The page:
What's the trade in value on my vehicle?

With all the information available to consumers today it is still difficult to determine the value of your car.  You have Kelley Blue Book, Edmunds, Black Book, NADA, and so on when it comes to evaluating the value of your current vehicle.  You would think that all these tools would give the same value since they do the same thing but what you will come to find is that they are all different, and all different from what you can expect if you trade your car in on a vehicle purchase.  Let's take a look at what some of these tools use to come up with the value of your car and what makes them different from a dealer.

Kelley Blue Book 

Kelley Blue Book, or maybe better known as KBB, is one of the most used appraisal tools out there.  The website receives millions of visits a month, and the majority of them are to get an estimate on the value of a vehicle.  KBB receives information from all over the world to help value used cars.  They get prices from auctions, dealers, manufacturers, and private party transactions that all go into their algorithm for determining your car's value.  The algorithm KBB uses takes the pricing information along with, trends, the current economic situation, time of year, and where you are located at to give you the estimate you see after entering your vehicles information.


Edmunds.com is another trusted tool like Kelley Blue Book.  There are experts, with years of automotive experience, that agree that Edmunds is the most accurate when it comes to valuing a vehicle.  Edmunds receives industry information similar to KBB to evaluate vehicles, but Edmunds offers an extra category for rating your vehicles condition when compared to KBB, they offer 5 categories instead of 4.  This can allow consumers to be even more accurate when rating the condition of their vehicle, or can create more confusion or indecisiveness by adding more choices for someone to choose from. We'll look at how peope rate the condition of their car a little later on in here.

NADA Guides

One of the oldest vehicle value guides out there, NADA, or National Automotive Dealer Association, was originally designed for just the dealer members of the trade group.  NADA pricing is often higher than KBB or Edmunds since NADA values vehicles as they are all in "very clean condition".  You should remember this when consulting NADA for your vehicles value and know that the value you receive from there may need to be adjusted down.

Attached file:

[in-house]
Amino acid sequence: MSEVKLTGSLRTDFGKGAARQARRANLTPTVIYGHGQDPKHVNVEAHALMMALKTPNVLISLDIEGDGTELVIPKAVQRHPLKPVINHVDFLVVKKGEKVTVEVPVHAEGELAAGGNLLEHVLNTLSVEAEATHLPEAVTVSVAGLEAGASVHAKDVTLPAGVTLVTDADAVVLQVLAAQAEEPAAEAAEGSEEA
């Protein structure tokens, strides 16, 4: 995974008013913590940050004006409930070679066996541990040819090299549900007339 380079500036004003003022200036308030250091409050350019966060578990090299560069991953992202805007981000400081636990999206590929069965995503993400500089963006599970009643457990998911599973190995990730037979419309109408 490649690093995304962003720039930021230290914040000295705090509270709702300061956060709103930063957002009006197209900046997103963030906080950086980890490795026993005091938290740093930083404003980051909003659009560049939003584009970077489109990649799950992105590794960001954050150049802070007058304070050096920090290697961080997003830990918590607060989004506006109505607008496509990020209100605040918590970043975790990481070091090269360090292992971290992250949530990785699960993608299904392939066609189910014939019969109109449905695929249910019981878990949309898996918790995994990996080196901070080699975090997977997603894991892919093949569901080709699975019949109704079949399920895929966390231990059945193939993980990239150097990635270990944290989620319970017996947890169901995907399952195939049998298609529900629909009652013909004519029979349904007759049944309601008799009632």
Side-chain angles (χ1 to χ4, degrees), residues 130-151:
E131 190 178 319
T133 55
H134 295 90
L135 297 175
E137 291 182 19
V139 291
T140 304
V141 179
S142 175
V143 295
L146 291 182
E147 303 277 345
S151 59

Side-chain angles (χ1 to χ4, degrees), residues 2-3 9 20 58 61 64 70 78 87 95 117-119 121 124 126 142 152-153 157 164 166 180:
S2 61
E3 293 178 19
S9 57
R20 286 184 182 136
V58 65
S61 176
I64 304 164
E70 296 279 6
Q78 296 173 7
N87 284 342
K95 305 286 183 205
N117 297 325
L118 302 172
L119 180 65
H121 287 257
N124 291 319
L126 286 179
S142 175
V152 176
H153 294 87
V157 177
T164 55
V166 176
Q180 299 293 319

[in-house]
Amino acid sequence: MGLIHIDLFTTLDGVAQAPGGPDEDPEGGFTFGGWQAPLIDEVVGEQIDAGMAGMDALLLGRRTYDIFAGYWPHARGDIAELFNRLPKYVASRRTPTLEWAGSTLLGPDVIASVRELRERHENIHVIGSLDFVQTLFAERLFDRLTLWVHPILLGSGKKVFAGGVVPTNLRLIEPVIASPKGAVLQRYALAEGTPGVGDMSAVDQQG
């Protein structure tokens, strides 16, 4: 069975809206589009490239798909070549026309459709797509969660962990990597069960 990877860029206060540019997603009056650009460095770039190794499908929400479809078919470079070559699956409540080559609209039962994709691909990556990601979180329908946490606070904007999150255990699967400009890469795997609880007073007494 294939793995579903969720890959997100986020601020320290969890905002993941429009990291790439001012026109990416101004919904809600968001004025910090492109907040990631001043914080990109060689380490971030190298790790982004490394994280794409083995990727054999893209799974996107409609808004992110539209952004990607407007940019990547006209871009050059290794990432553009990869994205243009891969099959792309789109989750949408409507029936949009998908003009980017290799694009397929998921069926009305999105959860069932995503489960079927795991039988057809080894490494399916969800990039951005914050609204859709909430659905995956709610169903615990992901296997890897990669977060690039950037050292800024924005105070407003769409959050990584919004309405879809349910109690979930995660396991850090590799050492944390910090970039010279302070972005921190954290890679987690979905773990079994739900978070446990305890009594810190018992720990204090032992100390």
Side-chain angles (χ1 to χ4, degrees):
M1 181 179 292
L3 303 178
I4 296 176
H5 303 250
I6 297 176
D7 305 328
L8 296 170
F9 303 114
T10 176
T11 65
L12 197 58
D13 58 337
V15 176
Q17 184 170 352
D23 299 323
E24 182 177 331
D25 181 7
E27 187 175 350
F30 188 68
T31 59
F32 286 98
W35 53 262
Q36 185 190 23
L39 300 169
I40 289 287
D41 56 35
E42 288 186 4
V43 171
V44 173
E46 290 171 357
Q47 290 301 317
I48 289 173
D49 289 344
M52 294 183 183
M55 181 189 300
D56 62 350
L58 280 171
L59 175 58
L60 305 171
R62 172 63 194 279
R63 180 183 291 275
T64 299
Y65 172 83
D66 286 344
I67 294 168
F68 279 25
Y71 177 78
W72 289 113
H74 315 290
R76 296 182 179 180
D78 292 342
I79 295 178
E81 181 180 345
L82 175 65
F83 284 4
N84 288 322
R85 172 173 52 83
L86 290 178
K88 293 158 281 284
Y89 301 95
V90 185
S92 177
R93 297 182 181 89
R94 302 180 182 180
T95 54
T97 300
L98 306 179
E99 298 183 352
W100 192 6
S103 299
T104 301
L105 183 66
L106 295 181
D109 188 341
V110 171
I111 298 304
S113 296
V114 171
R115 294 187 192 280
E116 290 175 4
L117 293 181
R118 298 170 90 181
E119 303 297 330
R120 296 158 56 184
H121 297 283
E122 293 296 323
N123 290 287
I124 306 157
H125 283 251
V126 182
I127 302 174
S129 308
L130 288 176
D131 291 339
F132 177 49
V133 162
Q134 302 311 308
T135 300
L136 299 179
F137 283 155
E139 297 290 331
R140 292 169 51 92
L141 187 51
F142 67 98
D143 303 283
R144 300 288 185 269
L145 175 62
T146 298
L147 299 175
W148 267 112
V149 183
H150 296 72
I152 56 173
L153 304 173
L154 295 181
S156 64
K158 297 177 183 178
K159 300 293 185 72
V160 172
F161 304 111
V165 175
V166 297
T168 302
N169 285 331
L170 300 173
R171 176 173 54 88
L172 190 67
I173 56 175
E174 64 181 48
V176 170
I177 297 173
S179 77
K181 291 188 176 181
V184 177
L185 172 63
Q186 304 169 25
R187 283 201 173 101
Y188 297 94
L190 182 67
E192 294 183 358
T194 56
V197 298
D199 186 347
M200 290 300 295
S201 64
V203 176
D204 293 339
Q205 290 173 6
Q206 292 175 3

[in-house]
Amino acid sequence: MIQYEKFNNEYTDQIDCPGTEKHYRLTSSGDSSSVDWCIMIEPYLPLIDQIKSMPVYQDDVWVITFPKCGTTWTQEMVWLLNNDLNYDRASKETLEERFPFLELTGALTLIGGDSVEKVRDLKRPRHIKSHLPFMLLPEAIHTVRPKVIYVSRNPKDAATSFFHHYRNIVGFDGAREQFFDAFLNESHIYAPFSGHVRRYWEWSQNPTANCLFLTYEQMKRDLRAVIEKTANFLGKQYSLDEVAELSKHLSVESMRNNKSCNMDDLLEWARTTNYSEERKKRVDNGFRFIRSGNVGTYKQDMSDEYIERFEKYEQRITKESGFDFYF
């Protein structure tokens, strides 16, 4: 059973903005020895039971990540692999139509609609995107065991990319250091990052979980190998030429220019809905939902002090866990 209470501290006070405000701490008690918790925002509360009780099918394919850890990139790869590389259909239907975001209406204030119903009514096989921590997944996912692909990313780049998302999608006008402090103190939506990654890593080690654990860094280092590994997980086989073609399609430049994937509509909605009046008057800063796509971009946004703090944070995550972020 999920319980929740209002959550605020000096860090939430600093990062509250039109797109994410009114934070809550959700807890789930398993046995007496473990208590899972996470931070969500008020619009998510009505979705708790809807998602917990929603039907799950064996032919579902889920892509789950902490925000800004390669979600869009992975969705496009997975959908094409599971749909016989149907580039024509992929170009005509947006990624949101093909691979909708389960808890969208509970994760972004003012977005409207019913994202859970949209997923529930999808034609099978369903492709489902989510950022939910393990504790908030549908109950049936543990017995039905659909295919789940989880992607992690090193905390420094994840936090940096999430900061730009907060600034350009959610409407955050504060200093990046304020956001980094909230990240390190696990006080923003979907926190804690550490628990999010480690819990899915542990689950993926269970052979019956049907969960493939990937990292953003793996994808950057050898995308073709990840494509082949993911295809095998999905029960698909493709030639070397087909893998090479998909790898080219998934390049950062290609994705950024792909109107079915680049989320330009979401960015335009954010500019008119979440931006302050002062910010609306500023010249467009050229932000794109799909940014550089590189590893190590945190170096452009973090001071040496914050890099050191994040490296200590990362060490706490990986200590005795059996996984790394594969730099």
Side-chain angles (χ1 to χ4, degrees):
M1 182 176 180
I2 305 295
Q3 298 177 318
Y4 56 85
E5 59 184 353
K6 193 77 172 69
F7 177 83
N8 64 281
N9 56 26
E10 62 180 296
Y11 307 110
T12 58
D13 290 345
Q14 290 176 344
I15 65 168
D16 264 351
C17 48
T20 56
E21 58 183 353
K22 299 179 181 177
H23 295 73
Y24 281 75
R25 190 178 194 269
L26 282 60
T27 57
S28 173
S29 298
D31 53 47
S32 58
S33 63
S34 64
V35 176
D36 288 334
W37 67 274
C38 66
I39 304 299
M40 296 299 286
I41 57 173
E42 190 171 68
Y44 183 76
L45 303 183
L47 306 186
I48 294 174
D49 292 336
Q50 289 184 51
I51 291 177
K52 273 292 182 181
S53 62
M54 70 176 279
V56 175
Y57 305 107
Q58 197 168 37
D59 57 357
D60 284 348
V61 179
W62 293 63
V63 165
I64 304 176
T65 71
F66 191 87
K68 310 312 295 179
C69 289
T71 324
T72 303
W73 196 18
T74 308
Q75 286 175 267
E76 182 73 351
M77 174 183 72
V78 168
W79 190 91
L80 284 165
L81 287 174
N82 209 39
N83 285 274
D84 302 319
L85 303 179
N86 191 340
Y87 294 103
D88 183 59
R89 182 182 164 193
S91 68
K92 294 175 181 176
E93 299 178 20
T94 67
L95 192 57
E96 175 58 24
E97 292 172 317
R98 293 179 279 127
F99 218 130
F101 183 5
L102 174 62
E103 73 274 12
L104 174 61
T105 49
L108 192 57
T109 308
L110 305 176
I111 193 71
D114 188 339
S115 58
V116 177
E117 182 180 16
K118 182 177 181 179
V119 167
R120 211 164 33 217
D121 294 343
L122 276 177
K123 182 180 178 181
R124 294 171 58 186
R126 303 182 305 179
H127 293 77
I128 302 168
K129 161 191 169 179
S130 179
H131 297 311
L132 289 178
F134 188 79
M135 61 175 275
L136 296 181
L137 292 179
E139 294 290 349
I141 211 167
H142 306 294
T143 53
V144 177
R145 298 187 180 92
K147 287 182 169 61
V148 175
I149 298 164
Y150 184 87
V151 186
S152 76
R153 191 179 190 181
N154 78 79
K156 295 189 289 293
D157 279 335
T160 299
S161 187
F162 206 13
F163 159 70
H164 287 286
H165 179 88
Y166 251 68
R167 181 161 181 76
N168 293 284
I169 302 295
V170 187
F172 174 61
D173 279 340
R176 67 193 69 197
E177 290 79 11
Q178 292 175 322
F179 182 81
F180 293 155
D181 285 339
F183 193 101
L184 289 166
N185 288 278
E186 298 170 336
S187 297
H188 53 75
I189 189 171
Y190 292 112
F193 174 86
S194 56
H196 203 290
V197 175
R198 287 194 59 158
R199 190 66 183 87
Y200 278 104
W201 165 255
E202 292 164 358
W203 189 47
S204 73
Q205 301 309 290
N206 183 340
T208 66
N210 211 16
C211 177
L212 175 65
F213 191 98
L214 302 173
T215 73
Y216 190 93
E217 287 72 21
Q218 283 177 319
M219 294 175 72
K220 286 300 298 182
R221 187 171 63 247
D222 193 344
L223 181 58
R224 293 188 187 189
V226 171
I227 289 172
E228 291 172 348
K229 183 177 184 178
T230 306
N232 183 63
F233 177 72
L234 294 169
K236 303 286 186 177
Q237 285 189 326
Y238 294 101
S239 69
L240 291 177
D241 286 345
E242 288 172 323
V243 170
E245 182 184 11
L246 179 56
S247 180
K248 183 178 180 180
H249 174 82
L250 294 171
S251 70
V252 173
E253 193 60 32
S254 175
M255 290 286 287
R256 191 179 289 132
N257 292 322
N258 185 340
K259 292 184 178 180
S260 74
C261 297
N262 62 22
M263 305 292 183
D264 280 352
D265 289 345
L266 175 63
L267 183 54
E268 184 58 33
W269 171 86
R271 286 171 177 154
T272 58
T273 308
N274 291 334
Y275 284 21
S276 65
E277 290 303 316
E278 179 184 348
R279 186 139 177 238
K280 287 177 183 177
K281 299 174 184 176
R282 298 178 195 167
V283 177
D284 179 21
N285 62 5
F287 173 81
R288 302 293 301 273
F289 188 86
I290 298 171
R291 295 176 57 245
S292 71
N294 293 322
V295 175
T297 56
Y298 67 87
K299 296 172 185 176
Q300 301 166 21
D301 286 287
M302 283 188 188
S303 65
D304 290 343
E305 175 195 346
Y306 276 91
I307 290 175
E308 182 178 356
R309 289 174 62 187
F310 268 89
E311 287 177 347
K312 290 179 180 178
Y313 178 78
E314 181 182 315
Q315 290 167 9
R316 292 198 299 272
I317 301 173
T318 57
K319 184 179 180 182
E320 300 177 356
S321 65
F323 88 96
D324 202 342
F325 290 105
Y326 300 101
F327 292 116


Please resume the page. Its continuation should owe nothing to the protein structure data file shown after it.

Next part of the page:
Values for Used Cars

Here are some values you will see from different books and what they mean when you see them.

  • Retail Value - the amount you can expect to pay when purchasing a vehicle from a dealer.
  • Certified Pre-owned (CPO) - the amount you can expect to pay when purchasing the vehicle when it meets and is covered under the manufacturer CPO program
  • Trade-in Value - the amount you are likely to get from a dealer if you trade your vehicle in.
  • Private-Party Value - The amount you could expect to pay when purchasing a vehicle from a private seller. (Maybe your next door neighbor or a friend)

    Some Issues When Using Evaluation Tools

    Here are some things to consider when valuing your car online that can effect the accuracy.

    Lag Time

    It takes time for pricing and other data to be analyzed by any of these tools.  Therefore prices listed may not always reflect the actual market due to ever changing trends and economic conditions.

    Consumer Bias

    Remember above where I said we would come back around to rating the condition of your vehicle?  Well here it is.  A majority of people believe there vehicle to be in better condition than it really is, and there is sentimental value and the fact that it is your car that plays into that.  Misjudging your vehicles condition though can lead to the trade-in value or purchase value you see to be incorrect, your expectations won't match the reality of what your vehicle is actually worth.

    Dealers Don't Used These Tools

    The thing causing the biggest difference in what these tools value your vehicle at and what a dealer values your vehicle at is that dealers don't use them.  Most dealers use programs and data that are not available to the public.  There are market research tools that compare similar vehicles to yours that are being sold inside a market area, similar vehicles and the values they are being sold for at auctions (namely Manheim), similar vehicles and their demand inside a market area, and etc.  Your local dealer is going to know more up to date information about their local market than any tool you could use online.

    Bottom Line

    All the tools online are great to use to get a general idea of your vehicles value, but don't just look at the one with the highest value and think thats it.  Look at a few different ones and averge the values you are seeing and that is probably the best estimate you can have.  Also be sure you are representing the condition of your car correctly when using one of these tools.  It's hard to look at your vehicle objectively at times but be sure to slow down and be honest with your self about it.  Treat it as if you were looking at it to buy it.  Lastly, although none of the top used car buying guides are perfect, when taken together—along with additional information gained from other websites and tools they can provide reasonably reliable and accurate information for your used car transaction.

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